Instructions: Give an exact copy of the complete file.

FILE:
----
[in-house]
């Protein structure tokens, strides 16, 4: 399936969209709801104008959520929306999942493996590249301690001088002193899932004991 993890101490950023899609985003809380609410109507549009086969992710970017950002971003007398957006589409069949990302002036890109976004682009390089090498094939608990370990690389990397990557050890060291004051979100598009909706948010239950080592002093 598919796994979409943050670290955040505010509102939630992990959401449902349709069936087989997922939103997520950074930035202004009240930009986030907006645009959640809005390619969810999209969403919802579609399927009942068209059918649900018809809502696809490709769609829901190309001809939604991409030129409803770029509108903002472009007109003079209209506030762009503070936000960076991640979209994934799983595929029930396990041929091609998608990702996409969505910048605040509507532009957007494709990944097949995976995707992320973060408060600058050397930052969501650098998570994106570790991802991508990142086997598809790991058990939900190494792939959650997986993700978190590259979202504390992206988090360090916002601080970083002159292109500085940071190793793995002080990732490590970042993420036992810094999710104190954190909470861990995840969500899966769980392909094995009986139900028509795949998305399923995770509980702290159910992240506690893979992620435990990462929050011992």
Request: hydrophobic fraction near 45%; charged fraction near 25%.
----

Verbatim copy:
[in-house]
């Protein structure tokens, strides 16, 4: 399936969209709801104008959520929306999942493996590249301690001088002193899932004991 993890101490950023899609985003809380609410109507549009086969992710970017950002971003007398957006589409069949990302002036890109976004682009390089090498094939608990370990690389990397990557050890060291004051979100598009909706948010239950080592002093 598919796994979409943050670290955040505010509102939630992990959401449902349709069936087989997922939103997520950074930035202004009240930009986030907006645009959640809005390619969810999209969403919802579609399927009942068209059918649900018809809502696809490709769609829901190309001809939604991409030129409803770029509108903002472009007109003079209209506030762009503070936000960076991640979209994934799983595929029930396990041929091609998608990702996409969505910048605040509507532009957007494709990944097949995976995707992320973060408060600058050397930052969501650098998570994106570790991802991508990142086997598809790991058990939900190494792939959650997986993700978190590259979202504390992206988090360090916002601080970083002159292109500085940071190793793995002080990732490590970042993420036992810094999710104190954190909470861990995840969500899966769980392909094995009986139900028509795949998305399923995770509980702290159910992240506690893979992620435990990462929050011992």
Request: hydrophobic fraction near 45%; charged fraction near 25%.